Monday, 1 August 2016

From the Vipers to the Kinks: How British rock 'n' roll records caught up with the Americans, 1957-1964

Vince Taylor & His Playboys
Catching up took a while, but that's not surprising, given that rock 'n' roll was a purely American phenomenon, and that, while it boasted its fair share of jazzers and folkers, Britain wasn't exactly awash with performers steeped in the blues, country or bluegrass.

In addition, British recording studios were relatively primitive and there weren't many of them; recordings were governed by strict rules of correctness, enforced by staff producers and engineers (cleanliness was paramount, distortion was a sin); import restrictions and costs meant that British bands couldn't buy the equipment (in particular electric guitars and any sort of amplifier) that was helping fuel the explosion of American rock 'n' roll;  and opportunities to get your latest rocktastic "platter" heard by the great British public were severely limited due to the BBC's radio monopoly (just imagine - Two Way Family Favourites was once the best place to hear rock 'n' roll on domestic radio). How were groovy young British hepcats supposed to emulate the likes of Elvis Presley, Jerry Lee Lewis, Little Richard, Chuck Berry and Buddy Holly with all those obstacles in their path? Nevertheless, they eventually managed to. Here's a list of what I think were the most significant milestones along the way:

Producing authentic, snarling, echo-soaked, electric guitar-driven British rock 'n' roll was an impossibility in the months following Elvis Presley's first seismic appearance on the British charts with "Heartbreak Hotel" in May 1956. But the British had already come up with an exciting, driving musical genre aimed at young record buyers - Skiffle. Like rock 'n' roll, it was based on American roots music (mainly folk, in this case), but unlike rock 'n' roll, it could be performed without amplified instruments or an expensive drum kit, and it was simple to record. By the time Elvis happened along, Lonnie Donnegan had already reached the UK and US Top Tens with a genuinely authentic-sounding version of Leadbelly's "Rock island Line". So the Skiffle genre was a musical milestone on the road to Anglo-American pop parity - and my own favourite skiffle track was The Vipers Skiffle Group's "Don't You Rock Me Daddy-O", a reworking of Uncle Dave Macon's 1920s number, "Sail Away Ladies". Recorded in early 1957, it was produced by none other than George Martin. It doesn't sound much like rock 'n' roll, but it certainly demonstrates an abundance of verve and rawness:

The time it took for skiffle to peak and die away allowed other Brits to figure out how to record something that at least sounded vaguely like American rock 'n' roll. The young Britons who really, absolutely cracked it - heavily aided by session musicians - were Cliff Richard and the Drifters. The song was "Move It", and it was released in August 1958. Cliff (who views this as his one true rock 'n' roll classic) does a convincing job, but the record's authentic R&R feel - its Americanness, if you like - is down to two guitarists: seasoned session-man Ernie Shear, who provided the intro, the solo, the frills, and the first two bars of rhythm guitar, and Ian Samwell, Cliff's regular guitarist, who provided the effectively insistent rhythm guitar on the rest of the recording (and who actually wrote the number):

Certainly, the recording is quiet and controlled - more well-mannered than American rock. But it's undoubtedly rock 'n' roll. The same can safely be said about the next record on the list - to the power of 10. "Brand New Cadillac", recorded by Vince Taylor and His Playboys in April 1959, is THE greatest British rock 'n' roll record of the 1950s. Leather-clad Taylor - who wrote the song - looked and sounded the part, and the lead guitar-playing of recently-recruited band member Joe Moretti is superb. (Moretti was a Glaswegian - which presumably explains Taylor's shouted imprecation to "Hang it on, Scotty!", and may explain the teeth-rattling violence of the splendid guitar solos):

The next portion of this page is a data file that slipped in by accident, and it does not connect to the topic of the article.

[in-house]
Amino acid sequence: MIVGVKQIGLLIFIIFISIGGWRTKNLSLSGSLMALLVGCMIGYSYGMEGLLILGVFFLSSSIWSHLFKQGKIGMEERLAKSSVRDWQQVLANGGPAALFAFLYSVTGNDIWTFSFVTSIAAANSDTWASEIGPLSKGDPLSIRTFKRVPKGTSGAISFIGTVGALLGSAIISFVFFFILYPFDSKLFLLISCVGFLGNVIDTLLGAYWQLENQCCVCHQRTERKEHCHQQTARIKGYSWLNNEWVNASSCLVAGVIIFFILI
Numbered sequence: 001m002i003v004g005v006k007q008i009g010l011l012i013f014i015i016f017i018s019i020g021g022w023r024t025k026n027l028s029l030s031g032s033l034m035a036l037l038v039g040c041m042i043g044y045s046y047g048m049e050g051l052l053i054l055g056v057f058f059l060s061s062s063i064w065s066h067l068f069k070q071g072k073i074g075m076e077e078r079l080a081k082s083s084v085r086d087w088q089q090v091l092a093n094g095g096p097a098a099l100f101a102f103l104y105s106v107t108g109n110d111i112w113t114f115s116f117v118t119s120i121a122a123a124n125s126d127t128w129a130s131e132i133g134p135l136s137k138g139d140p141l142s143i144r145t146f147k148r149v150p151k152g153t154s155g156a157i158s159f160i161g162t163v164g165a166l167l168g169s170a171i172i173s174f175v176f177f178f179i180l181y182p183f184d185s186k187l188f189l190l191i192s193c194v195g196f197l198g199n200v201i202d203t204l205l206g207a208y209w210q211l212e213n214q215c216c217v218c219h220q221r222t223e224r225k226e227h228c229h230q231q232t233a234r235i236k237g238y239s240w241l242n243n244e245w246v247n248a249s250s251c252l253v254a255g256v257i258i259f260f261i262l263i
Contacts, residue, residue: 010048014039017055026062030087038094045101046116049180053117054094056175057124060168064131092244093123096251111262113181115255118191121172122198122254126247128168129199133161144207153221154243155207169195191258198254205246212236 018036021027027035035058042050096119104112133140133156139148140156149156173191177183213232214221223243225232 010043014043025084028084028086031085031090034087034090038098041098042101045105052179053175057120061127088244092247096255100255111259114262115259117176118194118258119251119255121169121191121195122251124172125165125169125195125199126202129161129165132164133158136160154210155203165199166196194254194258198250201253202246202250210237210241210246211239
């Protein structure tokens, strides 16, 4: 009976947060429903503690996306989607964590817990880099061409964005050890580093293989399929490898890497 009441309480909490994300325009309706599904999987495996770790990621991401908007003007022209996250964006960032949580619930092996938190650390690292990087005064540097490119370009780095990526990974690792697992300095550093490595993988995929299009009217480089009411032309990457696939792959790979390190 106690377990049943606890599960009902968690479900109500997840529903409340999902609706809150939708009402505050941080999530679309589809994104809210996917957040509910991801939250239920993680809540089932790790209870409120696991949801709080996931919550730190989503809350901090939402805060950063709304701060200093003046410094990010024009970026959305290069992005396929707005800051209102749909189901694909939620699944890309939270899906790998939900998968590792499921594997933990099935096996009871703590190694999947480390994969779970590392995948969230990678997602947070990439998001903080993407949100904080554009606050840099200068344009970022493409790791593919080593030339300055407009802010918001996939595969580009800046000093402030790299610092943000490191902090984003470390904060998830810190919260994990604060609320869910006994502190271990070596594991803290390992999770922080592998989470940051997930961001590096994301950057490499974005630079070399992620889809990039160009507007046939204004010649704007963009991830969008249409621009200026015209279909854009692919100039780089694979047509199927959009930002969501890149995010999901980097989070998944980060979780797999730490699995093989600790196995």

Bizarrely, the song was a B-side and didn't trouble the charts: many would cover it later, most notable The Clash on their London Calling album. Talking of albums, it would take until April 1960 for Britain to produce an authentic rock 'n' roll album: in fact, it was pretty much a genuine rockabilly album. Every track on the 10-inch The Sound of Fury LP was penned by Fury himself, and the stand-out musician on it was the lead guitarist, Joe Brown, who had evidently learned an enormous amount backing the likes of Gene Vincent and Eddie Cochran when they toured England. The most accomplished track is the poppy, Buddy Holly-esque "That's Love":

The Sound of Fury was impressive, but none of the tracks could compare to the self-penned No. 1 single released by Johnny Kidd & The Pirates in August 1960 - the magnificent "Shakin' All Over". Guitarist Joe Moretti (of "Brand New Cadillac" fame) is once again brilliant:

The next song, released in 1961, was pure pop rather than rock 'n' roll, but the soundscape and atmosphere were unique: the galloping drum/guitar combination, the ethereal female voice wailing in the background, and lyrics about "the wind blowing cold across the moors". John Leyton's "Johnny Remember Me" was a bizarre, echo-drenched "Ghost Riders in the Sky"/Wuthering Heights musical mash-up written by a chap who claimed it was presented to him in a dream, and produced by a mentally disturbed, drug-addled, gay country boy in his flat above a leather goods shop on the Holloway Road (Joe Meek would later murder his landlady and kill himself with a shotgun.) And it's a thoroughly, unmistakably British classic.

Pausing to mention The Shadows' "Apache" (on which Hank Marvin used an American guitar - a Fender Stratocaster - to create a clean, simple, musical style that sounded like no other player's) and John Barry's "James Bond Theme", with Vick Flick's insistent, menacing guitar interrupting a swaggeringly brassy orchestra, we come to an overlooked classic from September 1962 - former Shadows' bassist Jet Harris's "Main Title Theme", a gutsy, sassy version of the theme to Man with the Golden Arm, which comes close to matching the menace of Duane Eddy's "Peter Gunn Theme": yes, it sounds American - but it's just so confidently American: